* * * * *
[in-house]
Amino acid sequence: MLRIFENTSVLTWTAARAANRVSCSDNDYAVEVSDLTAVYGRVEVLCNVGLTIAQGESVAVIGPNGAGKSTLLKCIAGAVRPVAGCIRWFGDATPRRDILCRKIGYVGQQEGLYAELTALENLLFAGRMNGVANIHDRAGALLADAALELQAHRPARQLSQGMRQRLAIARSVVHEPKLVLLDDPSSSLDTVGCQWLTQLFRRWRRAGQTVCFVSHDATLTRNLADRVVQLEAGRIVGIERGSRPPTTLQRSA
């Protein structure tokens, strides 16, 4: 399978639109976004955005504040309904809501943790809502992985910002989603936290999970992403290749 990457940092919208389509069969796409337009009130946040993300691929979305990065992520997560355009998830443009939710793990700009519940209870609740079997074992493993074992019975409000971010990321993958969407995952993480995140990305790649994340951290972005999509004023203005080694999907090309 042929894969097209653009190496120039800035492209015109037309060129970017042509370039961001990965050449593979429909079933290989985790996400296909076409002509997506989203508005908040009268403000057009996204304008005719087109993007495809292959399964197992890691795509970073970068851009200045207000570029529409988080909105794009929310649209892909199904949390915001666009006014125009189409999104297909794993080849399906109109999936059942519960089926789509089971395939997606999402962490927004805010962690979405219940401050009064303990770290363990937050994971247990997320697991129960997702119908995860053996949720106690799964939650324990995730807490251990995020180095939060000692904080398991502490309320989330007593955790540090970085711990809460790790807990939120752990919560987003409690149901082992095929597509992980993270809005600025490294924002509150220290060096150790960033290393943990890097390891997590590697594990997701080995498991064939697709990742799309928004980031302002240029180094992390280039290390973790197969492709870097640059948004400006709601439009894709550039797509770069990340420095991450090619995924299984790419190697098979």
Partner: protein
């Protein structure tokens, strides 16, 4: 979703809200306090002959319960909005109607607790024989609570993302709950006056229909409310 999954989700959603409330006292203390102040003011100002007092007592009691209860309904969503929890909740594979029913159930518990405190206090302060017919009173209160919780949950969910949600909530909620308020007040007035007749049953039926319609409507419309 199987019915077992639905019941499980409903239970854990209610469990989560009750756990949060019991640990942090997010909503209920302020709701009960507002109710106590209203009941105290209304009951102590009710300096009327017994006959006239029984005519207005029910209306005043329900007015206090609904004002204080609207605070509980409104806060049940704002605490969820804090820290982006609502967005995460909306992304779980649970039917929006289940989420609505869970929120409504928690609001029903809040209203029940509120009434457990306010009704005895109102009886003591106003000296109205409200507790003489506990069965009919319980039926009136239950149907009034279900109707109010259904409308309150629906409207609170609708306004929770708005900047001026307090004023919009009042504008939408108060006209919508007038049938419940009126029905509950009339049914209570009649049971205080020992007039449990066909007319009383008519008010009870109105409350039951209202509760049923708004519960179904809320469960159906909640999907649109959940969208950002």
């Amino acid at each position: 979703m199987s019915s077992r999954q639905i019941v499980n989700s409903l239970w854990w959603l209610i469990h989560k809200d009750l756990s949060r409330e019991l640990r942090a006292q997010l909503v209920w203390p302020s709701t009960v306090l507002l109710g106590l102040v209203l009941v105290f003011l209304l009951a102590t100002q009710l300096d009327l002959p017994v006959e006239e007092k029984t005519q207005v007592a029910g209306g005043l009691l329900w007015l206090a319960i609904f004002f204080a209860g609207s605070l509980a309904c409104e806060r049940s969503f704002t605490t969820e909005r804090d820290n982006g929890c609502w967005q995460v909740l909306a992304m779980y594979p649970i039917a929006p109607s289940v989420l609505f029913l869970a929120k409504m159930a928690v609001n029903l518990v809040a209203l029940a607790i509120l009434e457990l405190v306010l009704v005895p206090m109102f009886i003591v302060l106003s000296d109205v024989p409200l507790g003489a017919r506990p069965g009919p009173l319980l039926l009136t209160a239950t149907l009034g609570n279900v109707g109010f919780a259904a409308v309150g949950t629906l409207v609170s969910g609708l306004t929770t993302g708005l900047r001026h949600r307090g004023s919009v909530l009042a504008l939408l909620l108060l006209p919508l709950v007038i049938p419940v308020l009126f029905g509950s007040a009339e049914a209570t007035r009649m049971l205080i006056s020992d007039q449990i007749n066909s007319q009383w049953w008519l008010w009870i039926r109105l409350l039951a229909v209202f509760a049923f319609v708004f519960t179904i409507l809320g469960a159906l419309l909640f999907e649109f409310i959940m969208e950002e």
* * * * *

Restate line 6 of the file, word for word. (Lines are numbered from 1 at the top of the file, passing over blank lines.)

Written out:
């Amino acid at each position: 979703m199987s019915s077992r999954q639905i019941v499980n989700s409903l239970w854990w959603l209610i469990h989560k809200d009750l756990s949060r409330e019991l640990r942090a006292q997010l909503v209920w203390p302020s709701t009960v306090l507002l109710g106590l102040v209203l009941v105290f003011l209304l009951a102590t100002q009710l300096d009327l002959p017994v006959e006239e007092k029984t005519q207005v007592a029910g209306g005043l009691l329900w007015l206090a319960i609904f004002f204080a209860g609207s605070l509980a309904c409104e806060r049940s969503f704002t605490t969820e909005r804090d820290n982006g929890c609502w967005q995460v909740l909306a992304m779980y594979p649970i039917a929006p109607s289940v989420l609505f029913l869970a929120k409504m159930a928690v609001n029903l518990v809040a209203l029940a607790i509120l009434e457990l405190v306010l009704v005895p206090m109102f009886i003591v302060l106003s000296d109205v024989p409200l507790g003489a017919r506990p069965g009919p009173l319980l039926l009136t209160a239950t149907l009034g609570n279900v109707g109010f919780a259904a409308v309150g949950t629906l409207v609170s969910g609708l306004t929770t993302g708005l900047r001026h949600r307090g004023s919009v909530l009042a504008l939408l909620l108060l006209p919508l709950v007038i049938p419940v308020l009126f029905g509950s007040a009339e049914a209570t007035r009649m049971l205080i006056s020992d007039q449990i007749n066909s007319q009383w049953w008519l008010w009870i039926r109105l409350l039951a229909v209202f509760a049923f319609v708004f519960t179904i409507l809320g469960a159906l419309l909640f999907e649109f409310i959940m969208e950002e």